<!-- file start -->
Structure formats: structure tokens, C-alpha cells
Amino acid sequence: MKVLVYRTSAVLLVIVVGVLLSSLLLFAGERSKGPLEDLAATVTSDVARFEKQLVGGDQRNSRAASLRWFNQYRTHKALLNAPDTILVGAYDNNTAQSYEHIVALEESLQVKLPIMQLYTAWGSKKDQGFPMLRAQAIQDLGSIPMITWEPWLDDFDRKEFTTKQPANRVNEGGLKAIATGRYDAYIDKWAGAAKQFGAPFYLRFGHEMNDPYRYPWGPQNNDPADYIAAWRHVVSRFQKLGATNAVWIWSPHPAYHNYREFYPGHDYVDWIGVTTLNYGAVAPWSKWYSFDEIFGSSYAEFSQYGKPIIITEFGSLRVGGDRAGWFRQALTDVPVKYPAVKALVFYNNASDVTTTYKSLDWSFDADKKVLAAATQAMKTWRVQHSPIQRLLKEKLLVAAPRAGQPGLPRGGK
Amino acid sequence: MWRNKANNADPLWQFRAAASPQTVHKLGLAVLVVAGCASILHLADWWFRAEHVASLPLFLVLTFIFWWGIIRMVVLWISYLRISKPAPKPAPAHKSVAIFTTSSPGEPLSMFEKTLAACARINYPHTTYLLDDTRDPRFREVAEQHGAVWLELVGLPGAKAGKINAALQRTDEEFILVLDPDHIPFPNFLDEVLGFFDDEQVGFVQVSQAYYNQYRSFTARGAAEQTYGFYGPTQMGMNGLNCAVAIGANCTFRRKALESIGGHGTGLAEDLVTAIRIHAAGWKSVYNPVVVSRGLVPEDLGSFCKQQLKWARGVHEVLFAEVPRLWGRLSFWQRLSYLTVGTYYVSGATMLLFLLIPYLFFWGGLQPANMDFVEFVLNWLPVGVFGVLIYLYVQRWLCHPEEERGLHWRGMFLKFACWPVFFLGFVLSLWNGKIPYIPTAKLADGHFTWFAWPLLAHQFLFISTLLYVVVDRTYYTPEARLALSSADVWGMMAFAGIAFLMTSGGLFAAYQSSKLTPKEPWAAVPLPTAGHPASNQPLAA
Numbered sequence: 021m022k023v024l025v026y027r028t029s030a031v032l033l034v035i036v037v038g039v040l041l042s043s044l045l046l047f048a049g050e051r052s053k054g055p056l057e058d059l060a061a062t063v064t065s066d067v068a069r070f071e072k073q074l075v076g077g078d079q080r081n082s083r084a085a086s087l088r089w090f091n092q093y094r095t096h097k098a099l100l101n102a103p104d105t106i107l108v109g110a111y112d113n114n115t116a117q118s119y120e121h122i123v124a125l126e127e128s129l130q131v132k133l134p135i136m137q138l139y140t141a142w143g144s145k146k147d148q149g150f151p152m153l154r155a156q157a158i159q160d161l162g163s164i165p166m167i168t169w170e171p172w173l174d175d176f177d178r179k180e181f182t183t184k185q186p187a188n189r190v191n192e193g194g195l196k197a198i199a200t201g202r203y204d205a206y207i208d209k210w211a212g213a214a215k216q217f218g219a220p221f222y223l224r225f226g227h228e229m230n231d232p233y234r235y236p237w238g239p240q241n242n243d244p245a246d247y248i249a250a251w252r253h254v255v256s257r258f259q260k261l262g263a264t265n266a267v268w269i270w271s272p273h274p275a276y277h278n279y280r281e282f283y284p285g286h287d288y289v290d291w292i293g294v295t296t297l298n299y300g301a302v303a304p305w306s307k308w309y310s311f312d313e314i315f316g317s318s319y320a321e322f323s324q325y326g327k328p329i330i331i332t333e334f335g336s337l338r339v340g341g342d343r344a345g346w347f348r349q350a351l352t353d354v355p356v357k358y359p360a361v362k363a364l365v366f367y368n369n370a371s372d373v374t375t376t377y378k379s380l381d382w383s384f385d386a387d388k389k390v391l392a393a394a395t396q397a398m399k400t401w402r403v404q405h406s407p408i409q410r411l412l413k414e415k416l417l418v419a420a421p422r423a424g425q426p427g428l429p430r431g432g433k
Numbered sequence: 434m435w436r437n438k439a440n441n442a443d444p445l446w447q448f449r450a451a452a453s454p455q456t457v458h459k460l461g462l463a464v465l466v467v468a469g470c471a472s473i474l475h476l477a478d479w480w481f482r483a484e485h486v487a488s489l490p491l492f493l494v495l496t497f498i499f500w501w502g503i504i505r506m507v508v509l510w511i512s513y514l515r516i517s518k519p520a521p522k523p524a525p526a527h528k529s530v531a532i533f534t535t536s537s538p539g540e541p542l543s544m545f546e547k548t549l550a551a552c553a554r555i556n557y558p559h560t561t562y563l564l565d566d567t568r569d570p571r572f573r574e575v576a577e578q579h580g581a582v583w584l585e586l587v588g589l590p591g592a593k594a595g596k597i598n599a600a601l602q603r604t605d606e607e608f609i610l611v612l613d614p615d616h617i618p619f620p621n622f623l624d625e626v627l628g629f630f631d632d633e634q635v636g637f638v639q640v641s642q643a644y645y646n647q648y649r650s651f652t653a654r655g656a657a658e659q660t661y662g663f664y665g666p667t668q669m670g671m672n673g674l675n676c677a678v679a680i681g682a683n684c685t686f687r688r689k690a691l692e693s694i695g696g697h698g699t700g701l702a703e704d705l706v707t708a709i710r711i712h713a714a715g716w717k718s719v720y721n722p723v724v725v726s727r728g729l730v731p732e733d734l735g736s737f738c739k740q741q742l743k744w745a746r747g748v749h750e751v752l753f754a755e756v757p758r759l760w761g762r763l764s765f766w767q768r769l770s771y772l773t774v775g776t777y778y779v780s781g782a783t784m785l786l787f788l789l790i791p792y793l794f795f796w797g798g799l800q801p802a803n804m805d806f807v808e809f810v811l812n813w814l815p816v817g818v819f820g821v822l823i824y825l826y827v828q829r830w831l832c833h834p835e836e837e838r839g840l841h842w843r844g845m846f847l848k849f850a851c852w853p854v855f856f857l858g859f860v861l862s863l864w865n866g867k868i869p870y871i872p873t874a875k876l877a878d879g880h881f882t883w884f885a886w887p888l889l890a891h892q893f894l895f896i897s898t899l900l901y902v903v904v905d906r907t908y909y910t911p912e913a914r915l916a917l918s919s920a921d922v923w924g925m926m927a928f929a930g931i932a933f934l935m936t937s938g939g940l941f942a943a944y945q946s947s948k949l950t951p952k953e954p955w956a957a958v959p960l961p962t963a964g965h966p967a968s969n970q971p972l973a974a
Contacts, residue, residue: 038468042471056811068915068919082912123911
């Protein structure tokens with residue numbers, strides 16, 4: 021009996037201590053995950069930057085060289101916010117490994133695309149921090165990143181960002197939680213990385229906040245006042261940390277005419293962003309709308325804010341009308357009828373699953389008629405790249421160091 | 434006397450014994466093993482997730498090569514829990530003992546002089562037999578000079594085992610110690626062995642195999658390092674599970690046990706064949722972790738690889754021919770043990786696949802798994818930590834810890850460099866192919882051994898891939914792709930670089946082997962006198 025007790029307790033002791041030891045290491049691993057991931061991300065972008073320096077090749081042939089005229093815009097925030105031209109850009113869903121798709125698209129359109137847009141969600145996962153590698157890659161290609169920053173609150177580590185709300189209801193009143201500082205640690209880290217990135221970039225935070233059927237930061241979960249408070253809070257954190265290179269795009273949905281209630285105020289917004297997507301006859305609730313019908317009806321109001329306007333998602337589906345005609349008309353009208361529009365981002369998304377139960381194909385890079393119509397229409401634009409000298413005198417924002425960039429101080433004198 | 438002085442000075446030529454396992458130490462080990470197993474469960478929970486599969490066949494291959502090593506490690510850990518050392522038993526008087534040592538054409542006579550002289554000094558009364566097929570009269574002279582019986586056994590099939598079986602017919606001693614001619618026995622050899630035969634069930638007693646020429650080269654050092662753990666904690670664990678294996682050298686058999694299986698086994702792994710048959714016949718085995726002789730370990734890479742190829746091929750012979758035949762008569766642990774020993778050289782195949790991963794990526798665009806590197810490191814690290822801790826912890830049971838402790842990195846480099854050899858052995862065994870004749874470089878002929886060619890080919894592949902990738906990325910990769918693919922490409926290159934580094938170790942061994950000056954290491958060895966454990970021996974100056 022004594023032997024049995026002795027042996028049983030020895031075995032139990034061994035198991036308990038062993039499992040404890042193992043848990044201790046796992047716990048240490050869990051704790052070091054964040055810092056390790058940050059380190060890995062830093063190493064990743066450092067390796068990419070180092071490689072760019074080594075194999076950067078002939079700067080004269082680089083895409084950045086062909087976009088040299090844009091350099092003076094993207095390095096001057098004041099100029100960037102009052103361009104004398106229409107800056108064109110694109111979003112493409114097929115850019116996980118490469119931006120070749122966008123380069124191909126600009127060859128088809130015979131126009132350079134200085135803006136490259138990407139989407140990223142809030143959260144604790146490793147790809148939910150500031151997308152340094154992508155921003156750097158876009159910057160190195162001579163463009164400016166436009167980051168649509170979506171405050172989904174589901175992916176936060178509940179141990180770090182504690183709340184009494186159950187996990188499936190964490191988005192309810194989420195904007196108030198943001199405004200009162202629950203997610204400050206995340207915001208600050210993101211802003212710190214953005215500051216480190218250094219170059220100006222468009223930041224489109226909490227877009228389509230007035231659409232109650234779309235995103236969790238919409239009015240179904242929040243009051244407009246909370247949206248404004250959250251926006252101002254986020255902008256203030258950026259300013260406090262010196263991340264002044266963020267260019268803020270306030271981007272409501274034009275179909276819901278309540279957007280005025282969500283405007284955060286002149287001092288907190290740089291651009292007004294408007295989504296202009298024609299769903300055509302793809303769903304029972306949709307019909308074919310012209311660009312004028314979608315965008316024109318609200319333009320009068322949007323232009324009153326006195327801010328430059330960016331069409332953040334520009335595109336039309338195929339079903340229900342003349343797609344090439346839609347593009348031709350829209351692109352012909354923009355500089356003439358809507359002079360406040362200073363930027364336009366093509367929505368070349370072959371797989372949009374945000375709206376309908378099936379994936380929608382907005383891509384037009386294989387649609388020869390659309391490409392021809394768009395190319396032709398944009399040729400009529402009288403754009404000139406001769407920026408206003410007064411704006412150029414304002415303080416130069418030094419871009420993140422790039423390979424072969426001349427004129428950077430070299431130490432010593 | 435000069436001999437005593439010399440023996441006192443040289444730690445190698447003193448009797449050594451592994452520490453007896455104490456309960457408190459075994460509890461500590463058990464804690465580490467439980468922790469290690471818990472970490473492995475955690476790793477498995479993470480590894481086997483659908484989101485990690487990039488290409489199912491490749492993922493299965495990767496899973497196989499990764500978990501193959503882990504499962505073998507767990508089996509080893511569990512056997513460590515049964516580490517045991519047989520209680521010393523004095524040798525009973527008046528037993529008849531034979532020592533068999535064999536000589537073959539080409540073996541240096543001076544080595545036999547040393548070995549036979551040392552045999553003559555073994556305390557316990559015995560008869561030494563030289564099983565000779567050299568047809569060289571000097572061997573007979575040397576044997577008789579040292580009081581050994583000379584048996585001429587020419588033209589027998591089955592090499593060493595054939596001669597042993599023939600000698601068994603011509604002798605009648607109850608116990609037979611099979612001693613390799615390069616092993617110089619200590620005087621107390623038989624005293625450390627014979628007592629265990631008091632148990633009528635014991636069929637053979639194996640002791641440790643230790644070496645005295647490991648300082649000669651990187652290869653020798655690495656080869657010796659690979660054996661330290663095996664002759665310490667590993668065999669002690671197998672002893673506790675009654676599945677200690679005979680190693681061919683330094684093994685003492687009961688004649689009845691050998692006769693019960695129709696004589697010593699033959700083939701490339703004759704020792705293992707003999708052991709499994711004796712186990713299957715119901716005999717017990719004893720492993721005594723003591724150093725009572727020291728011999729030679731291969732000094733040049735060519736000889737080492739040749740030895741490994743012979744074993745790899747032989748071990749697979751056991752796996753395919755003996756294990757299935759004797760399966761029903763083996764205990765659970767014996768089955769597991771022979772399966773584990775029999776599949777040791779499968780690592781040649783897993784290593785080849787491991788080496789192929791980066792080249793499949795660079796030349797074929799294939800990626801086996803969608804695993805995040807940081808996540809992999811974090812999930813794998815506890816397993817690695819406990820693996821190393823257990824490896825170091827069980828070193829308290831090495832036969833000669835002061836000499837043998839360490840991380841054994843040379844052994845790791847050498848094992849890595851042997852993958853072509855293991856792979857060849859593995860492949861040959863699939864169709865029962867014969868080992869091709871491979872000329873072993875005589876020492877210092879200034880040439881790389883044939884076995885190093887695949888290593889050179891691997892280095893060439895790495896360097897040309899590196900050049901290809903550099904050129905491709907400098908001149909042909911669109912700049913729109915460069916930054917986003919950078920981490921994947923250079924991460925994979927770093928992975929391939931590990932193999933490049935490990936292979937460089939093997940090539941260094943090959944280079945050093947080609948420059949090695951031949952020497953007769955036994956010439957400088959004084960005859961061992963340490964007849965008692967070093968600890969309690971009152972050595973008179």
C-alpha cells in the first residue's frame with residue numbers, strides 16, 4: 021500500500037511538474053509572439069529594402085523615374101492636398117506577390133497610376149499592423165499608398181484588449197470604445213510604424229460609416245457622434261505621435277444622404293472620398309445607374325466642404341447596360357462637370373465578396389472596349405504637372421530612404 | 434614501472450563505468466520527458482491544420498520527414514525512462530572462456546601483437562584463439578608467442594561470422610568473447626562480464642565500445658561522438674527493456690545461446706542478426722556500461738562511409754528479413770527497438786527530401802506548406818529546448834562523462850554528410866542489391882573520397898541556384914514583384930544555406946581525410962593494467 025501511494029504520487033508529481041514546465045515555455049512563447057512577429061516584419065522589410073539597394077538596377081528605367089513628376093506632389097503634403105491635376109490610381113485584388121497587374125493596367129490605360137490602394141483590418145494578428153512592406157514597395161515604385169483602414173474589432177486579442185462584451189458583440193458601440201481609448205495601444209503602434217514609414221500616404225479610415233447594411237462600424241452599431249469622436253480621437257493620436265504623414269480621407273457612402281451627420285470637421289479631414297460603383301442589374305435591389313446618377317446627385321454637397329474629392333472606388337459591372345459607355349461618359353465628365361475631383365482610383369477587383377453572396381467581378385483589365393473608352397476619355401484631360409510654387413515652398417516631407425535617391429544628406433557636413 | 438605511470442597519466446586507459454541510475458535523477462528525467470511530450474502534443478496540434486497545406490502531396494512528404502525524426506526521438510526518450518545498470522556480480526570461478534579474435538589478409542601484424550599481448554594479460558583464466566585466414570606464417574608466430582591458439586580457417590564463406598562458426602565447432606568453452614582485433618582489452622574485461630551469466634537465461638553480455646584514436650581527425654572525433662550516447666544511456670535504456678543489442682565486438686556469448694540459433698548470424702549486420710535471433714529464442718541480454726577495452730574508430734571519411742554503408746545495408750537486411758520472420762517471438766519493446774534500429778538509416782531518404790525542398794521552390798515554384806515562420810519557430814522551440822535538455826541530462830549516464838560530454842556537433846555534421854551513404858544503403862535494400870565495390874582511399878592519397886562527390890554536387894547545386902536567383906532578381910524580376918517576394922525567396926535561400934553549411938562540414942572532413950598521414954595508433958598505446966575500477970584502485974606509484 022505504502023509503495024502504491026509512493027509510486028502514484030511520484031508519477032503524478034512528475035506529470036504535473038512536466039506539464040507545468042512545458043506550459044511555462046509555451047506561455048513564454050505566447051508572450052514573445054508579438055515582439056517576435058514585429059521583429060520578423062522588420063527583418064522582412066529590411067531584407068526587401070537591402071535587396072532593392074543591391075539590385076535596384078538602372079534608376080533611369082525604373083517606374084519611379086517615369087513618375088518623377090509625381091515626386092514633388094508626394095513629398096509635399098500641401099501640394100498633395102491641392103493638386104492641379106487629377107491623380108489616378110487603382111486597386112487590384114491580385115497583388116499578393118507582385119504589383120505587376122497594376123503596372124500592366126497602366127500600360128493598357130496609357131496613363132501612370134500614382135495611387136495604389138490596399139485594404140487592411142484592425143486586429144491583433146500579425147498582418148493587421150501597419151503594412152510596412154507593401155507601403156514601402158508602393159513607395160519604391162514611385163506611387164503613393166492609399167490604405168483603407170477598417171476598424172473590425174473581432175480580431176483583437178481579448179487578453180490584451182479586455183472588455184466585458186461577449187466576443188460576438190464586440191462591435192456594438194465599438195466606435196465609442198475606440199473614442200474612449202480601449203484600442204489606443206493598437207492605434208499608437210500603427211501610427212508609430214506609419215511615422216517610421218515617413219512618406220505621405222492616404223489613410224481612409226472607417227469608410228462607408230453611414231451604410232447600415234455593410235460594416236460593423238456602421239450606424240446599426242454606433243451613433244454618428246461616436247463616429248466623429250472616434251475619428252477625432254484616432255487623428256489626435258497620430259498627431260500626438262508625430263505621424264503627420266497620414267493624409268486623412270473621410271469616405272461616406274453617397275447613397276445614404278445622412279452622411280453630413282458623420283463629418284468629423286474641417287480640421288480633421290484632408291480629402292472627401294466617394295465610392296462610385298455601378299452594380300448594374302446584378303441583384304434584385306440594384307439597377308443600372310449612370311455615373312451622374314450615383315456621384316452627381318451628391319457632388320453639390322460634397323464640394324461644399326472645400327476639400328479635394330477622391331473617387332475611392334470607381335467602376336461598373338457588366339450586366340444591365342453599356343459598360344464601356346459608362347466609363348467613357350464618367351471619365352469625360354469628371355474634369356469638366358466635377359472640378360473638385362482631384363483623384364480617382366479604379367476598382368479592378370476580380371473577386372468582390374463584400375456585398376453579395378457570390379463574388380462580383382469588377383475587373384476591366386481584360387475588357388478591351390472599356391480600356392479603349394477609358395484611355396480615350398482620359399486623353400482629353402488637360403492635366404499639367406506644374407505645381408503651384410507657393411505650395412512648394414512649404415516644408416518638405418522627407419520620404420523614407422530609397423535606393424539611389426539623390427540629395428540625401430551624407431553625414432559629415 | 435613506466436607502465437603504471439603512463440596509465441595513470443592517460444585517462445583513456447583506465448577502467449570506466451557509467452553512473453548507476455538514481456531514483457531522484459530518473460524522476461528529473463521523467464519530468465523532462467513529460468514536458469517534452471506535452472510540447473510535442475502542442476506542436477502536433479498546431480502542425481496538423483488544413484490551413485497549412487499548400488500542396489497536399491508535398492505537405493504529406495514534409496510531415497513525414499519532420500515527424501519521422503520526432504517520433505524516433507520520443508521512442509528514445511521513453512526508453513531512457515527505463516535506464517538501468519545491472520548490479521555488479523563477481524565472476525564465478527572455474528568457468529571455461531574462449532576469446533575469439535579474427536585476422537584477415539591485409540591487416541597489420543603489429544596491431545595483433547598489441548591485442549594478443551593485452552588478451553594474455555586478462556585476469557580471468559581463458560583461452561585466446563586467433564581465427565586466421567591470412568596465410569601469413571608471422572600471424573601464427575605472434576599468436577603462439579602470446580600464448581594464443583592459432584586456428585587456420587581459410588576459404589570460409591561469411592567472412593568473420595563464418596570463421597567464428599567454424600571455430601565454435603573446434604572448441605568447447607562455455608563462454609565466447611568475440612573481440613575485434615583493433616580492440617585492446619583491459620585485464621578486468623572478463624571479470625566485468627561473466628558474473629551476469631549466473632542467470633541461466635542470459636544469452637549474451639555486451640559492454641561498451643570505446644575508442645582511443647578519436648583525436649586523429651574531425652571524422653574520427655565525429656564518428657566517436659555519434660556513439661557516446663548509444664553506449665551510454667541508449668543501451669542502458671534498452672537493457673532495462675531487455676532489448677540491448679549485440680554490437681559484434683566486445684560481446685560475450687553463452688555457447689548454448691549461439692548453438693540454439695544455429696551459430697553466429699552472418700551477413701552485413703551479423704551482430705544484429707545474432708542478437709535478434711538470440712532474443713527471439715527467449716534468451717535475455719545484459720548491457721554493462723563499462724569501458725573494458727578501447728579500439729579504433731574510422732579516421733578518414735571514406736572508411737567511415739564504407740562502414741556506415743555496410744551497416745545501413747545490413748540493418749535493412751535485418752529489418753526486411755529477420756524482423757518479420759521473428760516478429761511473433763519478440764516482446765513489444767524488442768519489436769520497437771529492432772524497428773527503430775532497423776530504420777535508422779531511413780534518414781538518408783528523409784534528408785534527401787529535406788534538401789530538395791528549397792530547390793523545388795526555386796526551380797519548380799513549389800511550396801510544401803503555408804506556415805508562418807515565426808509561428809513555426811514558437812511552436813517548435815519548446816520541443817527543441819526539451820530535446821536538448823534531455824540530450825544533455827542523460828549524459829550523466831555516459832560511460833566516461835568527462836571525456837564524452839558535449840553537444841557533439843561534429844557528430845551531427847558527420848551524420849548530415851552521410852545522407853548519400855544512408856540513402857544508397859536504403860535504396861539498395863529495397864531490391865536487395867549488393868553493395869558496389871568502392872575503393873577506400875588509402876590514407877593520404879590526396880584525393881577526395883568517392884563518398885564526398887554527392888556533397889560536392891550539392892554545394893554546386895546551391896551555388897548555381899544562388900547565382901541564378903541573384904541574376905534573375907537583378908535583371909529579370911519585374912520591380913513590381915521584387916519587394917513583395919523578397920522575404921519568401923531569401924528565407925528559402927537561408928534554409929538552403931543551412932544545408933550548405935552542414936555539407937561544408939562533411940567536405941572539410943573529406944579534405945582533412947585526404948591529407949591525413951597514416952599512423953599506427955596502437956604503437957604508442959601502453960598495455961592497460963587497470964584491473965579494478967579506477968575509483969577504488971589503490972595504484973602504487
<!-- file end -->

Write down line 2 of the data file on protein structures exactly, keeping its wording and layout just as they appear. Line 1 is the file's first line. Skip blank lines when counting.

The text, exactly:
Amino acid sequence: MKVLVYRTSAVLLVIVVGVLLSSLLLFAGERSKGPLEDLAATVTSDVARFEKQLVGGDQRNSRAASLRWFNQYRTHKALLNAPDTILVGAYDNNTAQSYEHIVALEESLQVKLPIMQLYTAWGSKKDQGFPMLRAQAIQDLGSIPMITWEPWLDDFDRKEFTTKQPANRVNEGGLKAIATGRYDAYIDKWAGAAKQFGAPFYLRFGHEMNDPYRYPWGPQNNDPADYIAAWRHVVSRFQKLGATNAVWIWSPHPAYHNYREFYPGHDYVDWIGVTTLNYGAVAPWSKWYSFDEIFGSSYAEFSQYGKPIIITEFGSLRVGGDRAGWFRQALTDVPVKYPAVKALVFYNNASDVTTTYKSLDWSFDADKKVLAAATQAMKTWRVQHSPIQRLLKEKLLVAAPRAGQPGLPRGGK